I worked very hard in high school, such that I had earned almost a full academic scholarship to Rosemont, which I supplemented with the various grants I'd won from outside organizations like the Rotary, Soroptimist International, and Sam Walton (Wal-mart); the money I earned for having been a papergirl for the Intelligencer for 3 years; and a Stafford loan. In all, I ended up amassing only about $6,000 in college education debt. However, my loans equalled about $16,000 because I lived on campus for 1.5 years and the rest of my debt was a result of room and board. (Isn't that madness?!)

Had I not lived on campus, though, I wouldn't have been able to experience some of the things or cultivate the wonderful friendships I did. Nor would I have qualified for the work-study program, which placed me as a student worker in the Department of Public Safety where I met Brian, who I married in 2004. (We started as friends, and didn't even start dating until my senior year, long after we'd both stopped working there.) Thus, I often joke that my husband and friends cost me $10,000. But it was definitely money well spent.

While my college girlfriends are a varied bunch, each lady is smart, sassy, and successful. Among my own core group (made up of myself, Erin, Ellen, Kate, Kelly, Laura, Lisa, and Theresa--and 3 others who live farther away: Jamie, Nicole, and Nicole), we have 4 ladies in education--2 high school teachers, a guidance counselor, and a world-traveling teacher of English, 3 lawyers, 2 doctors, an HR manager, a lobbyist, and a partridge in a pear tree. Not a bad showing!

Since graduating, we've celebrated 7 marriages, 4 births (and another on the way), and most recently, an outbreak of 30th birthdays!

Though we don't all get together very often (usually, the crowd is smaller), most of us regularly communicate on facebook or by phone. And, 2 to 3 times a year since 2004, we try to assemble for a meeting of the Rosemont College Wine Club. (In vino veritas!)

One of us will host, and thus sends out the invitations, setting the date and wine type. On the designated day, each lady comes bearing a bottle of wine, and an appetite for catching up. We actually DO conduct a thorough wine tasting in and among our chatter: we discuss the color, smell, and flavor of each wine (we used to try to discuss the "legs", too, but admitted at our most recent meeting last month that we clearly have no idea what we're doing on that front, so we've abandoned it for now.) I keep a log of our comments for each bottle we try. At the end of the tasting, I read back our (often hysterical) comments, we vote on which wine was the best overall, a little prize is awarded to the lady who brought the winning bottle, and we set about finishing off as much of the wine as is left. It's really quite a delight. Not the wine so much (though wine is, let's face it, certainly also great), but the friendship.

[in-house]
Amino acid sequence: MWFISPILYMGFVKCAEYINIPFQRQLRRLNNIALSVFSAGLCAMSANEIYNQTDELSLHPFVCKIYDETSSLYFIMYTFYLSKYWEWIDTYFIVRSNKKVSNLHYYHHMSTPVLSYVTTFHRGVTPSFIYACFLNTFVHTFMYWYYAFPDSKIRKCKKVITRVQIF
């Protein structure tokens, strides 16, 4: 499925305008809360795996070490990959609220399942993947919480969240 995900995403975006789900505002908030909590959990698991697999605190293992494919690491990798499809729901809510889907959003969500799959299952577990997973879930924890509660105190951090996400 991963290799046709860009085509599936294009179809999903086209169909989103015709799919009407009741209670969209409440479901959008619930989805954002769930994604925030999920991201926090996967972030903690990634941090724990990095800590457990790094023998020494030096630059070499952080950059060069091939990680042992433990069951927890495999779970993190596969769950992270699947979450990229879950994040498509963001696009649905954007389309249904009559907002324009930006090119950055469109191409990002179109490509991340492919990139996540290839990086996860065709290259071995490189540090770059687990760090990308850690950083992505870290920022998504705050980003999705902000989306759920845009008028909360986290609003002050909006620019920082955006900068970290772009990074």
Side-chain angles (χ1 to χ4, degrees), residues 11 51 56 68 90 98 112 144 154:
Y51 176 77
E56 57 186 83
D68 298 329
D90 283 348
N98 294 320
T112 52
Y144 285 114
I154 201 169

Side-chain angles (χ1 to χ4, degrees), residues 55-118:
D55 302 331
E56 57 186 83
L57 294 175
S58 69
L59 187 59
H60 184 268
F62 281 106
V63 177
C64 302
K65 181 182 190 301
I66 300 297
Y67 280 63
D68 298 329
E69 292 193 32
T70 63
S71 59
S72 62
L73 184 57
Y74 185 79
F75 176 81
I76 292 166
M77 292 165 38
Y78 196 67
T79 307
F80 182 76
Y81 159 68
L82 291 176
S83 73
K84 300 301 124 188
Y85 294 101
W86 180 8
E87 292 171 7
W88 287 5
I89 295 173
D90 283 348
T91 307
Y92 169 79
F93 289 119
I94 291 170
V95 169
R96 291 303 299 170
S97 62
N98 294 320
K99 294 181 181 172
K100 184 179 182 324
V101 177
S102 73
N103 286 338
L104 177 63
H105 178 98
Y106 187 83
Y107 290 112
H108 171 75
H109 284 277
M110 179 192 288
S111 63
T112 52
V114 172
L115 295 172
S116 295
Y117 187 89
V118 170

I can't elaborate further because we agreed long ago that the first rule of Wine Club is that you don't talk about Wine Club, a.k.a "what happens at Wine Club stays at Wine Club." (It's similar to Fight Club that way, I guess. And Vegas. The rule is probably our only thing in common with either, though.)  In any event, frankly, I've probably already said too much!

I cherish these get-togethers, though, because they remind me of what friendship means, and the important role it plays in our lives. I love that we are each very different women, each with our own distinct personality and path, but that we also share common memories from a happy time when we blossomed as women at Rosemont, and can continue to grow together as we blossom as women of the world. We celebrate each other's successes, mourn each other's losses, cheer each other on, build each other up, and drink wine. What could be better?

So raise a glass to friendship--how sweet it is. (It may have "cost" me 10 grand, but it was worth every penny!) Cheers!

Tuesday, June 7, 2011

June Reflection: My Favorite Teaching Memory

It's June.

If I were at work (which I'm not currently for 2 reasons: A. I'm on maternity leave, and B. I've been suspended and continue to await a decision by the district as to whether I'll return next year), I would be excitedly--and frantically--bringing the semester to a close. Papers and final projects would be done (or nearly done). I'd be directing my students to check the online system for final exam preparation materials. Administration would be pressuring teachers to pass their borderline students, while students who had slacked all semester would be approaching me at the 11th hour trying to seek out non-existent extra-credit assignments. You know, standard June behavior.

Next week would be finals. Next Friday, graduation.

But I'm not there to deal with that stuff right now. I'm home with my family.

But June is June. To me, it's the 'end of the year.' And time for reflection.

This year, I have more to reflect upon than normal.